Prague’s National Theatre is one of the most important cultural institutions in the Czech Republic. Located by the River Vltava at the end of Narodni trida, the 19th century Neo-Renaissance building, with its distinctive gilded cupola, is also one of the city’s most recognisable landmarks. But today it is landmark in need of a facelift. Some work has already begun on the roof, while the main reconstruction work on its facades will get underway in around a year and a half’s time.
Many visitors to Prague praise the city’s public transport system, which is reliable, comprehensive and relatively easy to navigate. But buying tickets can sometimes be a problem, especially if you are far from the centre. Or rather it was a problem: on Thursday the Prague Transport Authority – Dopravni Podnik – launched a novel system under which passengers can buy single transfer tickets by mobile telephone text message. I talked to Jan Svoboda of the Prague Transport Authority and started by asking what were the reasons behind the introduction
At this time of year, Prague’s cemeteries are carpeted with red and yellow leaves, and in this chilly weather, you are quite unlikely to bump into that many other visitors. Prague’s thirty-or-so city maintained cemeteries offer a step back from the hustle and bustle and traffic jams of the metropolis - and provide the visitor with a glimpse into the Czech capital’s history as well.
The Lucerna Palace, long considered a beacon of Czech national pride has been celebrating its centenary this year without too much of the fanfare usually reserved for such occasions.Situated off Wenceslas Square in the very heart of Prague, and established by civil engineer, designer and builder Vasclav M. Havel in 1907, it was the first multi-purpose arcade of its kind ever to be built in this country.
As I bustled about my flat last night, washing dishes and finally tackling that seriously grubby floor, I suddenly tuned into the song that was playing in the background on my stereo. Sunday Morning Coming Down - one of the Johnny Cash numbers that I didn’t buy the CD for. An orchestral, jangly offering, in which the singer laments (among other things) the loneliness and desertedness of his city on a Sunday.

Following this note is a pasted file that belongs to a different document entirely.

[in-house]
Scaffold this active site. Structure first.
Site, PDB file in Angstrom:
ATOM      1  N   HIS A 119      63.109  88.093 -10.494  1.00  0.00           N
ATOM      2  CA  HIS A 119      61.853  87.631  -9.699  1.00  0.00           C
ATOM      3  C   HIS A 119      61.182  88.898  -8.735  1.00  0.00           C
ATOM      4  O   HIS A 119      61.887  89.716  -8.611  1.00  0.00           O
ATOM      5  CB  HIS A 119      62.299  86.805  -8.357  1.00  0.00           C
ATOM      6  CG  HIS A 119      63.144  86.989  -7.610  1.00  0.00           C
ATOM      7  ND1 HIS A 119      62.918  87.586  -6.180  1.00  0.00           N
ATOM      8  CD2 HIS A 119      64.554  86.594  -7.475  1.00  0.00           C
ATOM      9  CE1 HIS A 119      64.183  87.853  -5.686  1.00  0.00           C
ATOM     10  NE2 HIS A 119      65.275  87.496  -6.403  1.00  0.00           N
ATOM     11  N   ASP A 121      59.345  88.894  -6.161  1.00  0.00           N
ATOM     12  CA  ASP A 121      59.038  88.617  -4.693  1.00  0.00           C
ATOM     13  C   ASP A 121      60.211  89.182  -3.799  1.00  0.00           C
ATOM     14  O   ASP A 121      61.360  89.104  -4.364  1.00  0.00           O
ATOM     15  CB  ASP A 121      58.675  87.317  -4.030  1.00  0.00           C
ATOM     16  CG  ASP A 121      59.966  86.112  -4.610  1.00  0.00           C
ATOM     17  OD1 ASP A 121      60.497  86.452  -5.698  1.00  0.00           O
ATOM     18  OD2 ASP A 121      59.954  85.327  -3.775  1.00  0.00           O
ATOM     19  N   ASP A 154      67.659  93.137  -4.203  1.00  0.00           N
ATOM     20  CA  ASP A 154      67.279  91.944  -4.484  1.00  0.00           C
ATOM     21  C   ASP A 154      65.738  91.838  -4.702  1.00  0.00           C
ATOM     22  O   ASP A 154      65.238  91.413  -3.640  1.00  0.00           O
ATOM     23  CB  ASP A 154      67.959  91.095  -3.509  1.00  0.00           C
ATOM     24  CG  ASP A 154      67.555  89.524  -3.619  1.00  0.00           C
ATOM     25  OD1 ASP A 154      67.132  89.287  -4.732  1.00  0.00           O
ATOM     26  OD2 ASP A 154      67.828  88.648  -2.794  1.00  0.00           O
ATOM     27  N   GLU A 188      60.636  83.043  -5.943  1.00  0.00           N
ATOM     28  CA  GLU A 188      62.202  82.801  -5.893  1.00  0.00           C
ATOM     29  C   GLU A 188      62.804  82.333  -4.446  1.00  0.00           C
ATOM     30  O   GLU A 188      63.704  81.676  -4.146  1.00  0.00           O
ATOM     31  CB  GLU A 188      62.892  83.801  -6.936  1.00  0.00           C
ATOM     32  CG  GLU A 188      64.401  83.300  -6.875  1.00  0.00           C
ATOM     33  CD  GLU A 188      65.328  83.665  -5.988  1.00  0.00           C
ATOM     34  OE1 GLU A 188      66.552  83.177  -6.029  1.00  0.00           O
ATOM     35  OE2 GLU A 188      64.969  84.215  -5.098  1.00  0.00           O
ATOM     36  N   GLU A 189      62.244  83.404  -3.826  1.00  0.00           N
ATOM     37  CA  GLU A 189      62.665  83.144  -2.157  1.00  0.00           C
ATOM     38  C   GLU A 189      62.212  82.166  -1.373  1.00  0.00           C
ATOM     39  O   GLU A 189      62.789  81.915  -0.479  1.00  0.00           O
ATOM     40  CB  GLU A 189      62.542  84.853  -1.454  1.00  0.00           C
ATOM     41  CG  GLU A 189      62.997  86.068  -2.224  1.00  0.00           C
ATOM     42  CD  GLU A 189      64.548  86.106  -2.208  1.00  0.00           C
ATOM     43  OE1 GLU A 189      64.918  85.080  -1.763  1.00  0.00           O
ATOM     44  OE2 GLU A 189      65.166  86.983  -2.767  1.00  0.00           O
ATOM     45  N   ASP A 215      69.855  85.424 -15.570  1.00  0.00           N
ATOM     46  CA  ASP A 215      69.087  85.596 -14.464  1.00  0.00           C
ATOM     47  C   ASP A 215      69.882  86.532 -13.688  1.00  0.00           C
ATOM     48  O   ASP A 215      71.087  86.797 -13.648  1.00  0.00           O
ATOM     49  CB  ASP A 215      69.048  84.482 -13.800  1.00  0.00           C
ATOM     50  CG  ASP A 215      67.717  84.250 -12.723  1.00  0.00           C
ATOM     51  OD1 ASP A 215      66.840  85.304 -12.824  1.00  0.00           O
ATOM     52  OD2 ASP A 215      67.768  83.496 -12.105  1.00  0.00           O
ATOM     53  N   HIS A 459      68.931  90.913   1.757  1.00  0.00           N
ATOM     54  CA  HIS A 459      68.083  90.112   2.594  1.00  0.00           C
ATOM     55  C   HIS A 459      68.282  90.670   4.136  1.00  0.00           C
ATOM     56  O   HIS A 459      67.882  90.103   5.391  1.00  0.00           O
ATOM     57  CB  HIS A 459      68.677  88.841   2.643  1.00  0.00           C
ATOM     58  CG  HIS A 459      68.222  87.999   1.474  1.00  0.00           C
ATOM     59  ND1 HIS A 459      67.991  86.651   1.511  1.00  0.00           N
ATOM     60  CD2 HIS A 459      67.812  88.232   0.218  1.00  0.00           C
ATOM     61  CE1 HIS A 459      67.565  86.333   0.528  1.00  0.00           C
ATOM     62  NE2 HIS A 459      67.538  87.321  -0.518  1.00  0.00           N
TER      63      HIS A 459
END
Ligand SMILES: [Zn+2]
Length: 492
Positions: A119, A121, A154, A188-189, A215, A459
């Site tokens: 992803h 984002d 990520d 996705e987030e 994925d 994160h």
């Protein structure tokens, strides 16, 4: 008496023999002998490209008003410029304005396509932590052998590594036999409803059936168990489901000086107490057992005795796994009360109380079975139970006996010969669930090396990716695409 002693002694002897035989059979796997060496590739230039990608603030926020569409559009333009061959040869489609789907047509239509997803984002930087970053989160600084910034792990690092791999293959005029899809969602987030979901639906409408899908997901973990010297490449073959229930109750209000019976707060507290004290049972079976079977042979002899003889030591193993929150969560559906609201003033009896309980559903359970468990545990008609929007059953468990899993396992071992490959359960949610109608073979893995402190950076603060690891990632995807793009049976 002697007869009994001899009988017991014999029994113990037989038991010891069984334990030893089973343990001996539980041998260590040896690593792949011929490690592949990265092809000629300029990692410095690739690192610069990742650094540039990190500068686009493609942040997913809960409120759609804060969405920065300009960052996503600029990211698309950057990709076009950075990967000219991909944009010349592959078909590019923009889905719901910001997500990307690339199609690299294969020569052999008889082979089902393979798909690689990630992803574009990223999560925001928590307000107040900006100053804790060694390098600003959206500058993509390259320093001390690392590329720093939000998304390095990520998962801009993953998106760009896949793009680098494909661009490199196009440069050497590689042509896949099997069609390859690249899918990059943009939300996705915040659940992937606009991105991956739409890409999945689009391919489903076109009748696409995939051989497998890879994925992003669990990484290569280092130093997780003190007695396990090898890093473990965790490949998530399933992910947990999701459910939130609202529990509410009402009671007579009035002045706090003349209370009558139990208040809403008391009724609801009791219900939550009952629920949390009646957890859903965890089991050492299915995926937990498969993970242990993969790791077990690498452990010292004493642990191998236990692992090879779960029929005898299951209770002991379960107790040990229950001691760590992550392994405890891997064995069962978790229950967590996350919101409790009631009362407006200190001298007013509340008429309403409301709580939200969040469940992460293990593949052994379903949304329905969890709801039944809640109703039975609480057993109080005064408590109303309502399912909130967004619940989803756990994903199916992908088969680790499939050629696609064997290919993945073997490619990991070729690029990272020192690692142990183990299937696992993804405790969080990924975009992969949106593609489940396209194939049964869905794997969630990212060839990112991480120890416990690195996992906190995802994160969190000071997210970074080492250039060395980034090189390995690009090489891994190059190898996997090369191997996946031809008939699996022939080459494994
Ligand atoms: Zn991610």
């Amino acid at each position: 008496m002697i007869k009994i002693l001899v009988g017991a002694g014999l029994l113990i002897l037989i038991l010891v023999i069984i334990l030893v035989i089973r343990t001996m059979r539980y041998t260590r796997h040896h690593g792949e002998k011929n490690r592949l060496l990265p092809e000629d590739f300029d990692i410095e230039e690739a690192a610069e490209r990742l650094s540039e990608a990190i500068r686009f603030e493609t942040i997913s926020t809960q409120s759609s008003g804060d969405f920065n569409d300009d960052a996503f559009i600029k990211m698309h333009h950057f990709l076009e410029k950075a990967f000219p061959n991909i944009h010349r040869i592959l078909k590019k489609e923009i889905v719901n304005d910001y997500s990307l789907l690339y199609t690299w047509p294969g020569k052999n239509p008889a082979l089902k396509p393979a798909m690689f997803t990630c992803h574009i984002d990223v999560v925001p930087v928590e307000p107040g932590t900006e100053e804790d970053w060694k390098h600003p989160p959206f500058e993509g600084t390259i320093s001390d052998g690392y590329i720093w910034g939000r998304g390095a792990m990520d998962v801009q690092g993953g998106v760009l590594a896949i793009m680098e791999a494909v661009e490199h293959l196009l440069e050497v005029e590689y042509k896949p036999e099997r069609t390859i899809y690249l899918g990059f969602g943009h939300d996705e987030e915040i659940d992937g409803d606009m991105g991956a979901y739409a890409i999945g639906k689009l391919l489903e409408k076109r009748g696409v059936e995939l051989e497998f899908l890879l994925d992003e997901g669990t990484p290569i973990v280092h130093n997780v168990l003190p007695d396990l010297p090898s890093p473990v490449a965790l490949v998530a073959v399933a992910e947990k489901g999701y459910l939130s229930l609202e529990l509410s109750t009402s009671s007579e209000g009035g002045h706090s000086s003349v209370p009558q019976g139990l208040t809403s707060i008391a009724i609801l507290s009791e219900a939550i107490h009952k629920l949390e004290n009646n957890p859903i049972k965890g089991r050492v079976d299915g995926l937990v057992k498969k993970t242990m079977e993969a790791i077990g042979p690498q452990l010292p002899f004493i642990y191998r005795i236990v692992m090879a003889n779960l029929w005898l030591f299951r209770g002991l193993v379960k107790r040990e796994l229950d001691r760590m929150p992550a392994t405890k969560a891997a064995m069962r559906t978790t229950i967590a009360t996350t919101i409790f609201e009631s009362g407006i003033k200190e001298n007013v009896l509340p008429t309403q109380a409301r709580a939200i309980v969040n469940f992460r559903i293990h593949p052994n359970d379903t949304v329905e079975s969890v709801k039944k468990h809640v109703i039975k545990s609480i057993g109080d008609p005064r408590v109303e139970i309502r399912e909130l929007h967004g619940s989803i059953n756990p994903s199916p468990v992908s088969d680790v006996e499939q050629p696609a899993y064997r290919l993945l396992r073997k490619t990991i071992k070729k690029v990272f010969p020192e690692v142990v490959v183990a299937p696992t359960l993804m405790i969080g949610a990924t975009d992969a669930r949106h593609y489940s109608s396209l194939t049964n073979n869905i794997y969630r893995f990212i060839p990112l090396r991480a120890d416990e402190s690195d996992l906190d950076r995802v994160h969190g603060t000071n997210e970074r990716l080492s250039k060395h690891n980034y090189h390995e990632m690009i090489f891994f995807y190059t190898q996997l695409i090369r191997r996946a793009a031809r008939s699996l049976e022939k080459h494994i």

November 17th is the anniversary of the start of the Velvet Revolution and is a public holiday here in the Czech Republic. Hundreds are expected to take to the streets of Prague on Saturday, to mark the 18th anniversary of the beginning of one of the most important chapters in the country’s history. But others will be turning out in numbers for rather different reasons. Here is a round up of the activities we can expect around the capital on Saturday:
The police are investigating a shooting incident on Wenceslas Square, which left one man seriously injured. Eyewitnesses say that two foreign nationals, most likely from Eastern Europe, were having a fight when one of them pulled out a gun and fired. The injured man, who is believed to be around 35 years of age, was operated on at the Teaching Hospital on Karlovo Namesti. He remains in critical condition.
Prague's public transport system is frequently described by foreign visitors as one of the best in Europe, even though the natives often seem bemused at all the praise...But certainly no-one can deny that the system is extensive, fairly easy to use and relatively cheap. However the Prague Transport Authority has a number of changes in the pipeline which will change how the people of Prague pay for their transport, and they could be controversial.
Saturday is the Sabbath, the day of rest for the Jewish people, but this Saturday looks like being anything but quiet, as dozens, possibly hundreds of far-right extremists from the Czech Republic and abroad are due to descend on Prague's Josefov quarter. They're threatening to march through the former ghetto on the 69th anniversary of the Kristallnacht pogrom against Germany's Jews, running the gauntlet of City Hall bans and a strong police presence.
Jana Ciglerová: Americans say their lives are fantastic, Czechs say everything is terrible – neither is true
Study: Demand for new flats in Prague set to keep outstripping supply
“There is good, better and then there is the USSR.” – New book depicts life in communist Czechoslovakia through memories of people who experienced it
‘The fat lady sings’: Prague’s State Opera marks restoration to former glory with gala concert
CzechTourism head hints attracting tourists no longer agency’s main goal